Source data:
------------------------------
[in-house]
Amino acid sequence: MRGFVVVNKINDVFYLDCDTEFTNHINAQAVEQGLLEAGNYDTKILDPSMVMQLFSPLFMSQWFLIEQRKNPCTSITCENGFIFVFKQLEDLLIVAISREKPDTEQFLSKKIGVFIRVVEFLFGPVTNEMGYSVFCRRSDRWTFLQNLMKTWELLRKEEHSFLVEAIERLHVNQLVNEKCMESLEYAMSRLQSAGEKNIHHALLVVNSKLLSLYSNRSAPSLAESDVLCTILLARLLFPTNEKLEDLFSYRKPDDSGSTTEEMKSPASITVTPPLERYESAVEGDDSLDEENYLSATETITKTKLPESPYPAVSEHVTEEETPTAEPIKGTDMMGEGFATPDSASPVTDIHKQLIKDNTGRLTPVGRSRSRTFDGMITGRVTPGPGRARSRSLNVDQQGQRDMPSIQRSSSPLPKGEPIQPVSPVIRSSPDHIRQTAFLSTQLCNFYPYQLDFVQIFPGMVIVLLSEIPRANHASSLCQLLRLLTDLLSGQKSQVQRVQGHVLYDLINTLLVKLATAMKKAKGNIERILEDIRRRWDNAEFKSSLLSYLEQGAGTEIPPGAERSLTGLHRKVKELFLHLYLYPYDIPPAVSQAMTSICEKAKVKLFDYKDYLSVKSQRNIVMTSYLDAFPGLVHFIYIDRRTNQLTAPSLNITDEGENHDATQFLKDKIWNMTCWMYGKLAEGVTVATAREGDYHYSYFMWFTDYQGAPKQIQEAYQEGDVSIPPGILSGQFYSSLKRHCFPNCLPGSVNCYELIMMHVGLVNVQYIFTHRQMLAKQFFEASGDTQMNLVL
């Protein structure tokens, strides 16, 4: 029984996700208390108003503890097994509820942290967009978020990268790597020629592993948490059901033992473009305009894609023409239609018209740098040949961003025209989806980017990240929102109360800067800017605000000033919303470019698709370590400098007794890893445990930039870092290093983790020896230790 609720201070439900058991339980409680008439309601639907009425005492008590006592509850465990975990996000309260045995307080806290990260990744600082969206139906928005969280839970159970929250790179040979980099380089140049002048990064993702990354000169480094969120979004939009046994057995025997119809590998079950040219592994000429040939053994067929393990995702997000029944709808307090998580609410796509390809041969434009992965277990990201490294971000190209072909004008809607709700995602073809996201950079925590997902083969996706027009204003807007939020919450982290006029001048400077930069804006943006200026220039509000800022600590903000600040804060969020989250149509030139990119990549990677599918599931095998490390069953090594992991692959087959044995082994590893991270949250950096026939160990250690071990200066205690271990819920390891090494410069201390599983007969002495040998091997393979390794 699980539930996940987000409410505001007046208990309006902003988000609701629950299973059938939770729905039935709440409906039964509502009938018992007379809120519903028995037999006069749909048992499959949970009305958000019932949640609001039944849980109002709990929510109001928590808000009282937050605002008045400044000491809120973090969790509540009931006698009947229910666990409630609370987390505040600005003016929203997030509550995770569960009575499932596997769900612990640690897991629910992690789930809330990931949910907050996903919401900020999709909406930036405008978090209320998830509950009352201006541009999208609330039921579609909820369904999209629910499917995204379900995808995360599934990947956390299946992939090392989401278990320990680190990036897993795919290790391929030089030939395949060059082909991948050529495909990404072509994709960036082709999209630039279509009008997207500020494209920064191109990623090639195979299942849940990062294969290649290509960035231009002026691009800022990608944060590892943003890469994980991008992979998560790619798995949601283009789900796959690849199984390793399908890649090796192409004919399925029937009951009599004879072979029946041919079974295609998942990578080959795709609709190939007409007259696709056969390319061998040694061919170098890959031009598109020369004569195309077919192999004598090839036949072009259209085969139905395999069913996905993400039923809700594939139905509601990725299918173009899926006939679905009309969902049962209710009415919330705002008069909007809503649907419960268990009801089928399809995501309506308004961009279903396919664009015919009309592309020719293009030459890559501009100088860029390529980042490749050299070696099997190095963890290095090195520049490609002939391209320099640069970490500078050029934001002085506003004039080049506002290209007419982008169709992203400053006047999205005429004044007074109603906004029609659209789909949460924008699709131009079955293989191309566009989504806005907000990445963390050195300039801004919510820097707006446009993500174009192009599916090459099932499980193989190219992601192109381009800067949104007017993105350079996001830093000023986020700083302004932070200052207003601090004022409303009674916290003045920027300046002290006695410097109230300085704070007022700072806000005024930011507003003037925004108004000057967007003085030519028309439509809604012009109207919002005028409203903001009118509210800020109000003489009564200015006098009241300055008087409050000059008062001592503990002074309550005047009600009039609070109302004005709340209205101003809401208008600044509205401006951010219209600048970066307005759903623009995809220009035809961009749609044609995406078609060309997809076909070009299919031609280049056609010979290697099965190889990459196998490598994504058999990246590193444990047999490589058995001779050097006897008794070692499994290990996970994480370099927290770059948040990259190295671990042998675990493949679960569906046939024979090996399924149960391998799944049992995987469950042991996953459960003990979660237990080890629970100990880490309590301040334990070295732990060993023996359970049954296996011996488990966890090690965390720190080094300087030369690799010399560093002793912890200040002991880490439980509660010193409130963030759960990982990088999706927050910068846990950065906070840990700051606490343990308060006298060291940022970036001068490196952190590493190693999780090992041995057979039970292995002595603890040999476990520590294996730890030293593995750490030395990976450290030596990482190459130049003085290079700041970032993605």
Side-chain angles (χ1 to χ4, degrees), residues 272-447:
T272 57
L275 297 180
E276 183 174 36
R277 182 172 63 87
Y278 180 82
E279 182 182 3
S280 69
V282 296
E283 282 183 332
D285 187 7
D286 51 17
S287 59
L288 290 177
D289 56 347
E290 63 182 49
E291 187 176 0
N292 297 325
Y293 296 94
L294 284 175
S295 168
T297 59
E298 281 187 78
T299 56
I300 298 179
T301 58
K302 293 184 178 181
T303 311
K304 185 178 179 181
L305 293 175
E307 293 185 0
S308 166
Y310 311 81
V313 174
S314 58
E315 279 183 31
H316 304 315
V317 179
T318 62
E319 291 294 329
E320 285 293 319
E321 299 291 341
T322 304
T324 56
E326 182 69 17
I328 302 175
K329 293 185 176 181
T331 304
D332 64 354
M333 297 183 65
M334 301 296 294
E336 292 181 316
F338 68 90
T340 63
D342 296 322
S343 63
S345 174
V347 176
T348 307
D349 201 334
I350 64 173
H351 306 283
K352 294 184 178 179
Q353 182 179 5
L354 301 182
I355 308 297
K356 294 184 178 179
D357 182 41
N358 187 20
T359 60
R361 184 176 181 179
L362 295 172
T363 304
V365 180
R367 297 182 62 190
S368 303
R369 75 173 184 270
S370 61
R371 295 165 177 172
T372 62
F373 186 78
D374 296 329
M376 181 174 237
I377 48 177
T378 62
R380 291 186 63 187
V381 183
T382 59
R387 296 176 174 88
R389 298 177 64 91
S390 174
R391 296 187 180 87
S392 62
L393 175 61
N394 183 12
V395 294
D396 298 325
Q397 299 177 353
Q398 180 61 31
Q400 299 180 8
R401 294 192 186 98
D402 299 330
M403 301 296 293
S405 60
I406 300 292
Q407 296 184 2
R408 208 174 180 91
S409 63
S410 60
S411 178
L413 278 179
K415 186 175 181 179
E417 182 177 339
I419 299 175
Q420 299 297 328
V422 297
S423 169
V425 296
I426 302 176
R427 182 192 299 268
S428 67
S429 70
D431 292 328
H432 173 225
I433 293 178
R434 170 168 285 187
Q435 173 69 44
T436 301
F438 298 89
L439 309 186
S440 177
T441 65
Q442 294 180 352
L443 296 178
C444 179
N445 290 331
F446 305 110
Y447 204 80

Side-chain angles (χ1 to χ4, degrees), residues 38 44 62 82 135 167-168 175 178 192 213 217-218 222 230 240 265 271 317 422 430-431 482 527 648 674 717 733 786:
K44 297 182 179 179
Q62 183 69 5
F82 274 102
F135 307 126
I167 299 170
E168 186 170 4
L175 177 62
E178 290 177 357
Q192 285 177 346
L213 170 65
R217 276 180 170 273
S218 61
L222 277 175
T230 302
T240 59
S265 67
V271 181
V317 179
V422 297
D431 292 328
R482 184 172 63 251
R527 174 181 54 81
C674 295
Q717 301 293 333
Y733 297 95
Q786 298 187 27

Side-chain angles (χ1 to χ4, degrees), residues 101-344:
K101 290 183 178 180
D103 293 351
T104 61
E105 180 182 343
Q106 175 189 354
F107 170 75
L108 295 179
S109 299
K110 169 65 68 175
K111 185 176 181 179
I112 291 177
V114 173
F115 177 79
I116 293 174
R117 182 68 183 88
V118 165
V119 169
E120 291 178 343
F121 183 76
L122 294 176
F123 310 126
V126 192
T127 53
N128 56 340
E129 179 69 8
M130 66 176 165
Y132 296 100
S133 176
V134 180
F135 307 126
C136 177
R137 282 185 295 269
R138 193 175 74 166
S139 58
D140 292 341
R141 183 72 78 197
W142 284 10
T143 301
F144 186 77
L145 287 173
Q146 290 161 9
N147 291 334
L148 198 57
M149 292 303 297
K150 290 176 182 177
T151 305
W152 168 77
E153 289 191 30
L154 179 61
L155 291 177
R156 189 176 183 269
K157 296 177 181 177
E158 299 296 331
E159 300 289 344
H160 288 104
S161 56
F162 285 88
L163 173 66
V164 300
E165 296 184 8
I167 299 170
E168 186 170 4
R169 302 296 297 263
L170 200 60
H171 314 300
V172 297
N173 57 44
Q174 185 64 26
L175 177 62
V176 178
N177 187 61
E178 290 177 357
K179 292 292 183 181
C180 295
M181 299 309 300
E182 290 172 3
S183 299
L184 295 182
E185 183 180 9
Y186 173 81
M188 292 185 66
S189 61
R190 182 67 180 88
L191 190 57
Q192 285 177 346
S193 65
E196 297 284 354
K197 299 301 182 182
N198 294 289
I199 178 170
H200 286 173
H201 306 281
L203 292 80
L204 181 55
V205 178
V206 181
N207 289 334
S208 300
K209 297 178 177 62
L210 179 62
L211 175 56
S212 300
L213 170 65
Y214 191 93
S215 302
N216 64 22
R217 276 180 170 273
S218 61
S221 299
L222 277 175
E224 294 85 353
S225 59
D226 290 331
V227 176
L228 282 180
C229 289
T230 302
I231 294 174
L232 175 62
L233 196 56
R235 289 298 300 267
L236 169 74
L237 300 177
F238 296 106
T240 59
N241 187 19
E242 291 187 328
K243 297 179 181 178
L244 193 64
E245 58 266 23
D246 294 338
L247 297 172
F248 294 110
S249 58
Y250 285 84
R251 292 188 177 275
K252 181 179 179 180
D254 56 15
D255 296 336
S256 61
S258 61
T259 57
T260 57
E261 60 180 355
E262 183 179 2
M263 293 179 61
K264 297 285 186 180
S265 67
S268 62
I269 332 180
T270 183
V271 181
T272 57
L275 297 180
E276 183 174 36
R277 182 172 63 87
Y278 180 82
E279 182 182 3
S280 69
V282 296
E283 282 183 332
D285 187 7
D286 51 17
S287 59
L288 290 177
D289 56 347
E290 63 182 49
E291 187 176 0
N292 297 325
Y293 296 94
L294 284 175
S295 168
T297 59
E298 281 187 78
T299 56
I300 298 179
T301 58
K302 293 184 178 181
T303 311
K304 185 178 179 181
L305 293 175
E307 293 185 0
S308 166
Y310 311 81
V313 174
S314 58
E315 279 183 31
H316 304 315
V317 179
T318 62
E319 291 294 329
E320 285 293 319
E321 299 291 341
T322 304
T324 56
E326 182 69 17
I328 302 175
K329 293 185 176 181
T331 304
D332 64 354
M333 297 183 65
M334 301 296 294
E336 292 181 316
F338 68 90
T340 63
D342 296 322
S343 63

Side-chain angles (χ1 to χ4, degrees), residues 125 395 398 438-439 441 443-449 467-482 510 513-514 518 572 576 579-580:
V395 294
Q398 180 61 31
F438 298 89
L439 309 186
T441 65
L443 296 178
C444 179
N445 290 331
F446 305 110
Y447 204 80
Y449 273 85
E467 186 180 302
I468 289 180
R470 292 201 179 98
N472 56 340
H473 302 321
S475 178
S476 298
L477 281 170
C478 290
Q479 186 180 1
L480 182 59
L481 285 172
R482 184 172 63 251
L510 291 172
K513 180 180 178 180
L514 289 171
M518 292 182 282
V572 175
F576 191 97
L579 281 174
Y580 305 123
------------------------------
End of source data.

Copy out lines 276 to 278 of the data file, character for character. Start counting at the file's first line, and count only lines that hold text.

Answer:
R217 276 180 170 273
S218 61
S221 299